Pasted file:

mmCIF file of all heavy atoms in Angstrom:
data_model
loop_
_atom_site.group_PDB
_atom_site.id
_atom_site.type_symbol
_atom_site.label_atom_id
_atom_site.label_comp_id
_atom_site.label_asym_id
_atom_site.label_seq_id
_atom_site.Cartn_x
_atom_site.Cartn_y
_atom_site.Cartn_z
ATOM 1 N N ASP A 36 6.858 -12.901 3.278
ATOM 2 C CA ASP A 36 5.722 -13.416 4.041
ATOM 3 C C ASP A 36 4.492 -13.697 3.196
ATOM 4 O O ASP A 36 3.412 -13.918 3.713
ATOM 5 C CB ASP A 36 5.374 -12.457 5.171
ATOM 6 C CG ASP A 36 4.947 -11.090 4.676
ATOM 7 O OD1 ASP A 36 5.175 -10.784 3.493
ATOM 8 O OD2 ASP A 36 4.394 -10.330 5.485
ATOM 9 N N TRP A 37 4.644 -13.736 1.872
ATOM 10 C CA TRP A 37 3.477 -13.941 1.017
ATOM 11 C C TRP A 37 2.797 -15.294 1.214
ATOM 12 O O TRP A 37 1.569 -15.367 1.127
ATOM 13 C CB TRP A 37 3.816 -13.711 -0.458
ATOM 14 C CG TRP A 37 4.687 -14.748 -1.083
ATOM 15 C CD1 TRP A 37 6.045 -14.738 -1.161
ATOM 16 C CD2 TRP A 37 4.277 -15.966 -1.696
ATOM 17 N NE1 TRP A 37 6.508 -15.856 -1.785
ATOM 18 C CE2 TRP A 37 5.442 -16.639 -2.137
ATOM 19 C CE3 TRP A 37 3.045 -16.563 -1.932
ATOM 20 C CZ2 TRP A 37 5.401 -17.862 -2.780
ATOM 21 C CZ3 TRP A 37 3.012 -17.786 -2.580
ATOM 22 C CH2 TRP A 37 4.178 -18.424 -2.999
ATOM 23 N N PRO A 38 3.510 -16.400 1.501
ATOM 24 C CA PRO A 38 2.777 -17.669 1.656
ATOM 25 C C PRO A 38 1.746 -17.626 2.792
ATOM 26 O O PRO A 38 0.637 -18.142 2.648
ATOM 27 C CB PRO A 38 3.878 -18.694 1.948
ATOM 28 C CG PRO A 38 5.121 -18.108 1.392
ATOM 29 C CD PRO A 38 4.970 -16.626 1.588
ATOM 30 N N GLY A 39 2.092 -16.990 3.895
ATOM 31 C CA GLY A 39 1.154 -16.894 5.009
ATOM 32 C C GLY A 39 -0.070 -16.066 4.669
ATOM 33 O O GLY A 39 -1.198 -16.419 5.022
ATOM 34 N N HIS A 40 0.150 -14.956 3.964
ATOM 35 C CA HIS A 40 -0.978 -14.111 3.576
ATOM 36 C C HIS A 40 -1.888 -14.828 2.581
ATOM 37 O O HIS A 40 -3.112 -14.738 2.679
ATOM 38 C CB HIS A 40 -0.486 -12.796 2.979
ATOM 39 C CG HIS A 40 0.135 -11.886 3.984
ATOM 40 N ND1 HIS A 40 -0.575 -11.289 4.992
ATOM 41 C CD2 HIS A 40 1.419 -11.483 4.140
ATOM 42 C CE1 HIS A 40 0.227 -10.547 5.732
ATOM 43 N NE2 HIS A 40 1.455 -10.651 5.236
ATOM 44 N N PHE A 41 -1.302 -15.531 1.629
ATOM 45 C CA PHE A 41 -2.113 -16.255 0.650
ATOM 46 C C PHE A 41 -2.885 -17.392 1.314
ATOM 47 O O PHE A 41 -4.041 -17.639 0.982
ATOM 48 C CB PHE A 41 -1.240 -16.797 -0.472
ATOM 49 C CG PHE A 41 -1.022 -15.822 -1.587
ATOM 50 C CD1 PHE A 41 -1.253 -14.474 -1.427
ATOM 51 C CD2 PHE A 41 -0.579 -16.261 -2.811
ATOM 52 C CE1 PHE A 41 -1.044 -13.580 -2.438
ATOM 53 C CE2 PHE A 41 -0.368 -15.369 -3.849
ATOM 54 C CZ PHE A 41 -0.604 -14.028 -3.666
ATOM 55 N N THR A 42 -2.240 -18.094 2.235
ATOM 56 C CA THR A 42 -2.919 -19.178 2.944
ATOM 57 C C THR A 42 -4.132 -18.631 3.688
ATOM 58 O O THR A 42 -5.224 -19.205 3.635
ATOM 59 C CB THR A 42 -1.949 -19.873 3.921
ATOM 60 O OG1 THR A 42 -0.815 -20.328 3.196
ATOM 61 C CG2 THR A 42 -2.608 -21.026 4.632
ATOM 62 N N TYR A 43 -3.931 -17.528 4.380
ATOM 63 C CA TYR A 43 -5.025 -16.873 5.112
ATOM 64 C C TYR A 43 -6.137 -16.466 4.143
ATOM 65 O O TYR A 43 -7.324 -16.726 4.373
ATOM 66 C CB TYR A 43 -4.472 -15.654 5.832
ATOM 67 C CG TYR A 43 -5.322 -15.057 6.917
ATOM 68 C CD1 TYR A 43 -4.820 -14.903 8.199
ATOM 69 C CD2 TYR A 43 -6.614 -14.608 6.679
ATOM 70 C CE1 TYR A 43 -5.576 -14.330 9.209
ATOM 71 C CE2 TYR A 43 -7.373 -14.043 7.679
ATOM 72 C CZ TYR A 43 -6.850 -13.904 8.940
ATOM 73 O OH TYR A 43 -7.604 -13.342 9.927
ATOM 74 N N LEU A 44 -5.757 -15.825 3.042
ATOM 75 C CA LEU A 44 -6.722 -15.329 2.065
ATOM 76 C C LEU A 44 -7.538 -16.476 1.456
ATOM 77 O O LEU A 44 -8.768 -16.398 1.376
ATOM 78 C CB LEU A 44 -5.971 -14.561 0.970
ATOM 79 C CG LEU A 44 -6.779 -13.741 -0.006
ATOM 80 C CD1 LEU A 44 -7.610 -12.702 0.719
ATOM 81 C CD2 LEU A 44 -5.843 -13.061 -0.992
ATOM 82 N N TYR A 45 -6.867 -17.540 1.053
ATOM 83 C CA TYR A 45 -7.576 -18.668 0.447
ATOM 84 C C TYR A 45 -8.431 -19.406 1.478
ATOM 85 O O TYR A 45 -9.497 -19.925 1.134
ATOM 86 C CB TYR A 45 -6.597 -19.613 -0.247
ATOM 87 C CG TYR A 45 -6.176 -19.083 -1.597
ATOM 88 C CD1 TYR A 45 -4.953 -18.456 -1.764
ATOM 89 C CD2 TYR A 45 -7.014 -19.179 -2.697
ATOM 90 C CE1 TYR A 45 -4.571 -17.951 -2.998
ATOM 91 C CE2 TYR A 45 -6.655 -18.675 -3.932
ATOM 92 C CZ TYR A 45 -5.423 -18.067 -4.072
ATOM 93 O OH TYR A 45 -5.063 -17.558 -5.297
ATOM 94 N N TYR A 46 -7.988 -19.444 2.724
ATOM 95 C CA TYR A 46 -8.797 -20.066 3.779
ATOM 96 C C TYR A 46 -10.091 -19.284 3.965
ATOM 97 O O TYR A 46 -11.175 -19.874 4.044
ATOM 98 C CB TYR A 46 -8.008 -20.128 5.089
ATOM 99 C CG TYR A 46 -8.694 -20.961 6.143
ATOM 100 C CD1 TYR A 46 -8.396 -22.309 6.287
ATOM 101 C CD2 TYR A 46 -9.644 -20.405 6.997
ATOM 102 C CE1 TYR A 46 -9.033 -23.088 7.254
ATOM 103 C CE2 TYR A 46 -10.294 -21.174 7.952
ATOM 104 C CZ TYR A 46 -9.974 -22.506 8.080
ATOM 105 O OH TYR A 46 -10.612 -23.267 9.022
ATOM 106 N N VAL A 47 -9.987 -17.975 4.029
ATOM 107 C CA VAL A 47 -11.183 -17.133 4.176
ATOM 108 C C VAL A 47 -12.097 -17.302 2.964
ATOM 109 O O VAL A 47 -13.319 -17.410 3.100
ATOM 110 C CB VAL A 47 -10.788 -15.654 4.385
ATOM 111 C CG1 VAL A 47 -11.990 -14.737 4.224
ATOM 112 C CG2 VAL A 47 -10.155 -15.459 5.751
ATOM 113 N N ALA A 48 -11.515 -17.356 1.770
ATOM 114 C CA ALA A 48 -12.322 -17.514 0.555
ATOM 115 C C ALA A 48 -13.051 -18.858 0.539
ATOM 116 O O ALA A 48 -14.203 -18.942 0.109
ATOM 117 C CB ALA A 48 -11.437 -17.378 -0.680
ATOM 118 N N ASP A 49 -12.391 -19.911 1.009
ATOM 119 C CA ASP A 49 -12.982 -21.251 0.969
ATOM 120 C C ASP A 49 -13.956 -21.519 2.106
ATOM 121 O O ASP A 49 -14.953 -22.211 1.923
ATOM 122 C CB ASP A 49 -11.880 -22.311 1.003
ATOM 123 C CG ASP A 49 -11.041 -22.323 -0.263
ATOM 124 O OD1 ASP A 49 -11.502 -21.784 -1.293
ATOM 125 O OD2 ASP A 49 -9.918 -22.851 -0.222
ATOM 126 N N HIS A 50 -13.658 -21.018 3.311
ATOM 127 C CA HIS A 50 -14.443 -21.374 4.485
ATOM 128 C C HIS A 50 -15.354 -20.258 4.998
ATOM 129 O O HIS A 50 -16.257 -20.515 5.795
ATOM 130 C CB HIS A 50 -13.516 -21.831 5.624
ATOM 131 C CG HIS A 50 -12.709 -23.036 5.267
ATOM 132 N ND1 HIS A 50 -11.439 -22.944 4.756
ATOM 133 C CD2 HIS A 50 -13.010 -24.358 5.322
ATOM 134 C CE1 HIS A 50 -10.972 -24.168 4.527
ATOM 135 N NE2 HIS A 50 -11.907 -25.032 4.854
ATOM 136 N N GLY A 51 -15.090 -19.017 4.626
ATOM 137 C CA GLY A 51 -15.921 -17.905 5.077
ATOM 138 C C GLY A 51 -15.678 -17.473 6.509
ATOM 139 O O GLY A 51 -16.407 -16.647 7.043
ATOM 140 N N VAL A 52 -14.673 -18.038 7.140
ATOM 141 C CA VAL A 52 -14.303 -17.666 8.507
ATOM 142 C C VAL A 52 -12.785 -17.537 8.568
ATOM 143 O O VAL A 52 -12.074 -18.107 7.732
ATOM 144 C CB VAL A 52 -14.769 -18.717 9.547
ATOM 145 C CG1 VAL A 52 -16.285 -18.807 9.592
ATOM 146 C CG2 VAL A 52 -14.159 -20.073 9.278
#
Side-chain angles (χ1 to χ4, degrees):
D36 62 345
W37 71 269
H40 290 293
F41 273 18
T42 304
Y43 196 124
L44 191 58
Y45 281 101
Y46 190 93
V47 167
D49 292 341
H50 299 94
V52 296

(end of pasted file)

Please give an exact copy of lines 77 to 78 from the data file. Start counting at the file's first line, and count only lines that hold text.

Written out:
ATOM 64 C C TYR A 43 -6.137 -16.466 4.143
ATOM 65 O O TYR A 43 -7.324 -16.726 4.373